On opening day at Citi Field, crowds in blue and orange descended from the No. 7 train tracks as rows of cars filled the parking lot. Friends and families gathered around tailgates for games of cornhole, beers from the cooler, and portable grills cooking hot dogs and burgers.
“It’s a family tradition to come to opening day every year,” said Bill Glass, 58, who stood with a red plastic cup in hand near the tailgate of his car, his children lounging on lawn chairs next to it. “My oldest is 25, and he’s been to almost every one.”
But these game day traditions will almost certainly have to move elsewhere if Mets owner Steve Cohen were to hit a home run on his swing to redevelop the 50-acre parking lot.
Over the past few months, as THE CITY has reported, the billionaire hedge fund manager has hosted hosted “visioning sessions” and spent hundreds of thousands lobbying state and city officials as he’s angled to develop a casino on the parking lot, which is legally designated as public parkland now and therefore off-limits to new construction.
A bill introduced late last month by local Assemblymember Jeffrion Aubry (D-Queens), though, would allow Cohen to develop and operate “a gaming facility and, in conjunction with such facility, commercial, retail, entertainment, recreational, hotel, convention, and or community facility uses” on the site.
Aubry told THE CITY in January that, based on conversations he’s had with Cohen’s team, the development plan would include turning the existing lot into a casino with built-in restaurants, as well as a vertical parking structure and an above-ground park connecting the 7-train station to the World’s Fair Marina.
If Cohen gets his way, the expanse of asphalt could disappear, or change drastically. That could change fans’ time-honored tradition, they told THE CITY outside of Friday’s game.
Corona native Stephan Santos, 35, worried that new setups would dampen tailgating spirits — which he noted is “everything.”
“It’s pride. It’s what we do,” Santos said. Loud music boomed from a speaker near a car as he spoke.
“Nah, hell no,” Santos said of the prospect of building out a casino. “Let’s not get greedy, we’re happy with one,” he added, referring to Resorts World NYC, just to the south, also in Queens.
For Glass, the plan brought concerns that new development would render the ball games inaccessible to the average Mets fan. He’s already noticed signs of increasing cost; parking fees now cost $40, he said, compared to the $25 he remembered from last year.
“If they’re gonna develop the land, it’s gonna cut down on our parking options,” said Glass, who had driven from New Jersey to attend the game. “For the average family, it’s becoming increasingly more difficult to come to games.”
A Cohen spokesperson, however, noted that the Mets boss has already given his team “a mandate to improve the transportation and parking situation for Mets fans and the surrounding communities.”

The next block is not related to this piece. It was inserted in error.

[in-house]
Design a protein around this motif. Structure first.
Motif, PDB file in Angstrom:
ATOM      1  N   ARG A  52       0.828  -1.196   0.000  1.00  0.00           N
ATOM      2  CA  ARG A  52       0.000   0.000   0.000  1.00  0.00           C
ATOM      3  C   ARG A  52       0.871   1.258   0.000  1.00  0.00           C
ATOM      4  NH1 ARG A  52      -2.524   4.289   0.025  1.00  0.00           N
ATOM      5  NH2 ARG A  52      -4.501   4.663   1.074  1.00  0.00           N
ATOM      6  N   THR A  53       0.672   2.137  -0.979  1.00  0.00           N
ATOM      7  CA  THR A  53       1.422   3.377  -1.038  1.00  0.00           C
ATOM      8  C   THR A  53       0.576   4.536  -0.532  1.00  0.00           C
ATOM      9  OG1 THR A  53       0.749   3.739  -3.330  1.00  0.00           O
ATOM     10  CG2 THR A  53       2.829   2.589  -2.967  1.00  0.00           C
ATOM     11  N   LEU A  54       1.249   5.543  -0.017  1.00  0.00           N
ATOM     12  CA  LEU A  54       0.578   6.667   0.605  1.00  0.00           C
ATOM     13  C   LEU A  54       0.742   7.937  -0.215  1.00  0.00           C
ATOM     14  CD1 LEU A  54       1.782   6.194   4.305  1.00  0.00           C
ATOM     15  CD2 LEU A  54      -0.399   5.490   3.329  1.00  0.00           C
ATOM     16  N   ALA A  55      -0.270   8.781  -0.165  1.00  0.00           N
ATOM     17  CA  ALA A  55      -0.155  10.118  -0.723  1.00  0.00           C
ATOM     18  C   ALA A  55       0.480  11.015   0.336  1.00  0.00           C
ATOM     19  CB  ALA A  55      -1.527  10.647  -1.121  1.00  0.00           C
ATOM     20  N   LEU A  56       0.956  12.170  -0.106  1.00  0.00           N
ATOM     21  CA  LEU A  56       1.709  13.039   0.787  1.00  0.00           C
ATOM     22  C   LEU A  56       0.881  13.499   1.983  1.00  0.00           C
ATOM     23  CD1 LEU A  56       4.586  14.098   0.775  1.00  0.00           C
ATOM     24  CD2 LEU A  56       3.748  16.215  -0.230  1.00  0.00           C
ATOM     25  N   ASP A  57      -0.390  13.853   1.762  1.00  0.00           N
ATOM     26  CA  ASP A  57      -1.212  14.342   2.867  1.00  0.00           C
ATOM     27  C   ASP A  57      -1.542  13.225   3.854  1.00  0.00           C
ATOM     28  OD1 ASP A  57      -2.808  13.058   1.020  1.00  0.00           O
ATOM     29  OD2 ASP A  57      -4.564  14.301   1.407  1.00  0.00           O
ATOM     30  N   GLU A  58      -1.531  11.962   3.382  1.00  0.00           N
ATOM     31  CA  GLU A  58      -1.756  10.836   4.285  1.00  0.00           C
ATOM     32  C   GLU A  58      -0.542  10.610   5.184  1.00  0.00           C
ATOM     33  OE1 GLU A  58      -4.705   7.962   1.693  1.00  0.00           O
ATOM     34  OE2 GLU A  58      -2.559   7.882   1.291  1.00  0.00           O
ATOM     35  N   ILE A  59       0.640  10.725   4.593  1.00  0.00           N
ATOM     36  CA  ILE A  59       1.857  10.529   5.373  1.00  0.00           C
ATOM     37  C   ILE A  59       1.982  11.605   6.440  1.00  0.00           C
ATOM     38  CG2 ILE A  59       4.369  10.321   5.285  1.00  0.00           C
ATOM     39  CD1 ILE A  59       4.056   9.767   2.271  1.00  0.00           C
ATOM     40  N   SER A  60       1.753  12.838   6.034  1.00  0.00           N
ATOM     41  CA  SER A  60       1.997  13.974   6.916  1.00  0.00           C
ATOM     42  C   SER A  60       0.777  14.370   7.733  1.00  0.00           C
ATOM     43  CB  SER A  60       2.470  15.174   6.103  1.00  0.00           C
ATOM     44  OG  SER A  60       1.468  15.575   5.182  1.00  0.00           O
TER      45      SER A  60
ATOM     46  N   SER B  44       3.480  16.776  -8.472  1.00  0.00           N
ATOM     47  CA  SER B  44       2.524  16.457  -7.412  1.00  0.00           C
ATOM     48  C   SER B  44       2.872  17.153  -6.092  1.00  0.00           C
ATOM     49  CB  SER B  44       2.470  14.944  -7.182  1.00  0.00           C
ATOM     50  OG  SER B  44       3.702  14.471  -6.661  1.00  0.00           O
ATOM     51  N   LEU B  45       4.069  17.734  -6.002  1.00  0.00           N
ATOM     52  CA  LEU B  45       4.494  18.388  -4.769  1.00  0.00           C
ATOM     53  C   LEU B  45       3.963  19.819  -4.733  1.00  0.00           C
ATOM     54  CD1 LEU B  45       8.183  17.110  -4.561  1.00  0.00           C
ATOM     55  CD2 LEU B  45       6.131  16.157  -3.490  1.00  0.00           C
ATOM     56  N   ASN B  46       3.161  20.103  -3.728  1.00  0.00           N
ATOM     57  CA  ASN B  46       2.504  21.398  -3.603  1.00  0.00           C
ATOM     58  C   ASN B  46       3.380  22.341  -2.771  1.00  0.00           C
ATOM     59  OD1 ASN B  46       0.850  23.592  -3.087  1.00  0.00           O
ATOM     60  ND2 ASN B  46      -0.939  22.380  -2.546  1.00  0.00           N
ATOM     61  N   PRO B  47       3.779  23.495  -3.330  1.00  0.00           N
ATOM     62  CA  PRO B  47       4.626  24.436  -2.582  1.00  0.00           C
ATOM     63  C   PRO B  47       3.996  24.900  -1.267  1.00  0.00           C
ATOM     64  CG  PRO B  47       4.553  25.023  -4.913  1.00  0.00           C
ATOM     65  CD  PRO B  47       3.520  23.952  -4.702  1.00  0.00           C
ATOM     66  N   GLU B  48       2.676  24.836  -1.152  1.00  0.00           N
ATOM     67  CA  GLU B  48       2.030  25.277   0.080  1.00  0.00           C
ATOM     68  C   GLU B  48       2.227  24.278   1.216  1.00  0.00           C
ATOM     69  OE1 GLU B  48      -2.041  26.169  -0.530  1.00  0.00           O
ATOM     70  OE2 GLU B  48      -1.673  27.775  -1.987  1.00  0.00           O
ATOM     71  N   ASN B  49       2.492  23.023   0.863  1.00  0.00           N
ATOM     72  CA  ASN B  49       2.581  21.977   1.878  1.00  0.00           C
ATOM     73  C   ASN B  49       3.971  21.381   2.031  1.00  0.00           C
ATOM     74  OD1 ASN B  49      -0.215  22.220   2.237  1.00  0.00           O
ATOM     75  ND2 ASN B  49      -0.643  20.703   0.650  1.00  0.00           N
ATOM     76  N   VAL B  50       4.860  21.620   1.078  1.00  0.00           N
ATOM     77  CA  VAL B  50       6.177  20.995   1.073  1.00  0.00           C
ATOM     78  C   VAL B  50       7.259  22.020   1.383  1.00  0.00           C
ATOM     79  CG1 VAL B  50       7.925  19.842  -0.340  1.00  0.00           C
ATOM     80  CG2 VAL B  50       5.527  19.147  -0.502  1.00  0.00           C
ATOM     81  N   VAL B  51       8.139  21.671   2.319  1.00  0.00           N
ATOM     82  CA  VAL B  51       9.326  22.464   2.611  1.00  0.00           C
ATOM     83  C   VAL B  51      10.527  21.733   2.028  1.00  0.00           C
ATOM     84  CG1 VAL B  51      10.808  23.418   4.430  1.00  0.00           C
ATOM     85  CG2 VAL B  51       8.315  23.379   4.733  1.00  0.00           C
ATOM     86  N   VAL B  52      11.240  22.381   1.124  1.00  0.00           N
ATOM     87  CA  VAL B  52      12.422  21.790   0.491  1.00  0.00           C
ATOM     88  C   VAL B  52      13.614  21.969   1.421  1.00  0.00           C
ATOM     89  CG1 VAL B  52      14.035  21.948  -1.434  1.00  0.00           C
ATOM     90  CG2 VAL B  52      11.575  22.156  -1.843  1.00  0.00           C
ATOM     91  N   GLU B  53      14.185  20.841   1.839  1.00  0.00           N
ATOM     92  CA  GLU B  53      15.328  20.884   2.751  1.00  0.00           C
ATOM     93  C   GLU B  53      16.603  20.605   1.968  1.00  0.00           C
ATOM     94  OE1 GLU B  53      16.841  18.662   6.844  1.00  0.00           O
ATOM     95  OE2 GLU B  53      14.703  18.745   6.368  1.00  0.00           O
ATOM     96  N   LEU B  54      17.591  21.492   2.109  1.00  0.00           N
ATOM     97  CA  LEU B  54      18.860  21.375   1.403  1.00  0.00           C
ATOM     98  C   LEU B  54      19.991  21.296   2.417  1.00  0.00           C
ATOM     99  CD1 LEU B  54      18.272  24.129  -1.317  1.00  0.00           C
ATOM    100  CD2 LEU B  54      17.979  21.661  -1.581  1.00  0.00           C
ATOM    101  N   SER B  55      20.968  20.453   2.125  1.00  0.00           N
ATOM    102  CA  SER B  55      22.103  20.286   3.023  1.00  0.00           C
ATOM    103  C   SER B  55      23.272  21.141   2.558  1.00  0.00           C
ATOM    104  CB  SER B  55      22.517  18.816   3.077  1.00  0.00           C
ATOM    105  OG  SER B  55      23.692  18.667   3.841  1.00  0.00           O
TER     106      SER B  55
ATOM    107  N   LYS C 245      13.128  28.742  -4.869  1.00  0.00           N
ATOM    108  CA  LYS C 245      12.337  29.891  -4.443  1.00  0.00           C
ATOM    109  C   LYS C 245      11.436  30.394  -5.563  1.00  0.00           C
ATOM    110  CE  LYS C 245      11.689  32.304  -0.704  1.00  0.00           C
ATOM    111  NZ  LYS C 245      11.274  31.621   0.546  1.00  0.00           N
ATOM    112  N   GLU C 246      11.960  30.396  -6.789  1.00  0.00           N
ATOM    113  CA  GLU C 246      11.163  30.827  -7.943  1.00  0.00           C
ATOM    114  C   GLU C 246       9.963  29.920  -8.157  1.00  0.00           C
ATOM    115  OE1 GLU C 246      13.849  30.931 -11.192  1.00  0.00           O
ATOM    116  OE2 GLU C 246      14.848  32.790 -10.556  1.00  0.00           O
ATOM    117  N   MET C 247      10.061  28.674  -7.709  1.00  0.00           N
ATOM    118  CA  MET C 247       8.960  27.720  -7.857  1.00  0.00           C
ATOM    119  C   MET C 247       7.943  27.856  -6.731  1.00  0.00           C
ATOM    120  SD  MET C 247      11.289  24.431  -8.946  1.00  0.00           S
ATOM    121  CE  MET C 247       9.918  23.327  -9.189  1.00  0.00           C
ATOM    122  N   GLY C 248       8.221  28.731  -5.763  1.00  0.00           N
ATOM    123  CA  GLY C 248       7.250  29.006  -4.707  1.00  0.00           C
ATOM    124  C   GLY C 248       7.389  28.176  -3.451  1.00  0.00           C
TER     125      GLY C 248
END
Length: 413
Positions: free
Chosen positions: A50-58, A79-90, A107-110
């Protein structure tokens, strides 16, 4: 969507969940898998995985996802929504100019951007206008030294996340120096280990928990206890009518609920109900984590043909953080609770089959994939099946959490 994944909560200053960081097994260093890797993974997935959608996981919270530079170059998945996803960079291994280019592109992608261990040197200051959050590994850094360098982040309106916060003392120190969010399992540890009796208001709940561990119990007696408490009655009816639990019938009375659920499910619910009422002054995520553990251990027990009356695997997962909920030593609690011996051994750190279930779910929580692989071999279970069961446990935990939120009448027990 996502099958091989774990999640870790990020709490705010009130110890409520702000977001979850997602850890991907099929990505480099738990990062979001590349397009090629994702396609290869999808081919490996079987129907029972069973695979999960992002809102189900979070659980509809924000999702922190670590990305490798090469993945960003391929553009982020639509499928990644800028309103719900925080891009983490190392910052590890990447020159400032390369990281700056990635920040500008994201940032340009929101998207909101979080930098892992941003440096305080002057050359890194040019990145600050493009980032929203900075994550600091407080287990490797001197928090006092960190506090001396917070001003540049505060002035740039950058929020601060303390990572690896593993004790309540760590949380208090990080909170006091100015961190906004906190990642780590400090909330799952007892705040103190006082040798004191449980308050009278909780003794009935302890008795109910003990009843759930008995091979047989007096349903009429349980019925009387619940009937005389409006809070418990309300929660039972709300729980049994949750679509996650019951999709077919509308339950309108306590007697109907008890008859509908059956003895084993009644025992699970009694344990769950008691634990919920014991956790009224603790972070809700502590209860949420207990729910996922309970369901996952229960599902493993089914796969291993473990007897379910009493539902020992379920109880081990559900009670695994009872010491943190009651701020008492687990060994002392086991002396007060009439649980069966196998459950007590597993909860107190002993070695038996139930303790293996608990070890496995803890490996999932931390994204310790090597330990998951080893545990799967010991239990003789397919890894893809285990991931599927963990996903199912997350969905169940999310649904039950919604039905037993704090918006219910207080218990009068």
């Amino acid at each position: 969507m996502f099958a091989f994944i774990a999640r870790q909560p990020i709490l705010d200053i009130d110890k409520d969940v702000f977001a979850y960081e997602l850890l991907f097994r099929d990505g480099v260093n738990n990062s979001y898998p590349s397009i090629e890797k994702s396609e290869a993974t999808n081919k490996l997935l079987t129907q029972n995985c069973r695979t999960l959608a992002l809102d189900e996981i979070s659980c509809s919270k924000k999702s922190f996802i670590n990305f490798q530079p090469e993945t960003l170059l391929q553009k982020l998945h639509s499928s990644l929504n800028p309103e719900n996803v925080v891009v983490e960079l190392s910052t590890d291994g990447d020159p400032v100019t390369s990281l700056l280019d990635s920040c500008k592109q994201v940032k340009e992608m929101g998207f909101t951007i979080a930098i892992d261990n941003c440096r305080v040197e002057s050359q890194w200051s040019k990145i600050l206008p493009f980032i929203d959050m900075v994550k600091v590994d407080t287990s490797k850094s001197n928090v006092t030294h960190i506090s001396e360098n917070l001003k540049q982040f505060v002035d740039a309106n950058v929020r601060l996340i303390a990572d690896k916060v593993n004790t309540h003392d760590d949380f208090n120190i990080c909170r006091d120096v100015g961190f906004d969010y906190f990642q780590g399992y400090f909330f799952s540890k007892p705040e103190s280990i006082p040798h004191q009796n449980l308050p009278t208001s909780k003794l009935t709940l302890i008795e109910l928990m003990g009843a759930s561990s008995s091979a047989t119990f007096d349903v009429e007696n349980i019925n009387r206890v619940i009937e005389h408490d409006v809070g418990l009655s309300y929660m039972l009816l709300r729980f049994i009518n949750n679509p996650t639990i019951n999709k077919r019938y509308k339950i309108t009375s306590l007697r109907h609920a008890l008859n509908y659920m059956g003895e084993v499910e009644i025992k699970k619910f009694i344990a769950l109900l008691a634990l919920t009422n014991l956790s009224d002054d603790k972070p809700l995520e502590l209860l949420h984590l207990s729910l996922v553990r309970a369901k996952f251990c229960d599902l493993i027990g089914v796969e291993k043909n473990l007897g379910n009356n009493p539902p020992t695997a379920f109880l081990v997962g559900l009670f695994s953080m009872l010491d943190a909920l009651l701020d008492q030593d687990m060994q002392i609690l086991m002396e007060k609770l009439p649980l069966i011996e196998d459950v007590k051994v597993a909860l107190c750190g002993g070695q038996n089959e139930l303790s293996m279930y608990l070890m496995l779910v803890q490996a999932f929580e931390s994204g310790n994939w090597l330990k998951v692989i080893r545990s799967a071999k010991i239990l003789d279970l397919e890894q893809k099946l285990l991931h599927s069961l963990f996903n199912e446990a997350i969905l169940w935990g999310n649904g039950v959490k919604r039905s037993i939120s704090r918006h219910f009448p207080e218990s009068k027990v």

“Any vision for the area will improve the status quo and provide more options, not less for parking, transportation, and the overall fan experience,” the spokesperson said, adding that “any vision would include tailgating options.”
Not everyone outside Citi Field had a problem with Cohen’s big idea. Some are eager to see the parking lot developed to include more entertainment options.
“He wants to make it an area where you can come out of a game and hang out, have a good time you know?” said 55-year-old Douglass Hollander, who tailgated with his friends from Long Island on Friday. “It sounds pretty cool.”
Past a stretch of parked cars, on the opposite end of the lot, 62-year-old butcher Edwin Roldan has been tasked with the role of being the tailgate’s grill master — cooking up close to 30 patties and about 40 hot dogs by noon.
Tailgating in Citi Field’s parking lot has been an essential part of his family’s gameday tradition, he told THE CITY. He has not missed an opening day in at least 15 years, he added, and attended on Friday with his grandchildren and son, who used to help maintain Citi Field as a construction worker.
“A casino is welcome,” Roldan said, as long as it “gives jobs” and generates taxes — and doesn’t further restrict already limited parking and tailgating space.
The three burger patties on the grill were now ready to be served, as Roldan carefully transferred them onto the buns.
“You know, he got me onto this — the tailgating, the whole thing, everything,” one of Roldan’s friends now chimed in. Next to him, another friend, Edward Martinez, looked for photos of when he reconnected with Roldan at a Mets game.
The two had become friends playing Little League baseball as kids in the Rockaways — and hadn’t seen each other for about 40 years before running into each other in between innings about 10 years ago.
“We’ve been coming to games together ever since,” Roldan said.
“And that’s the way it’s done,” Martinez responded.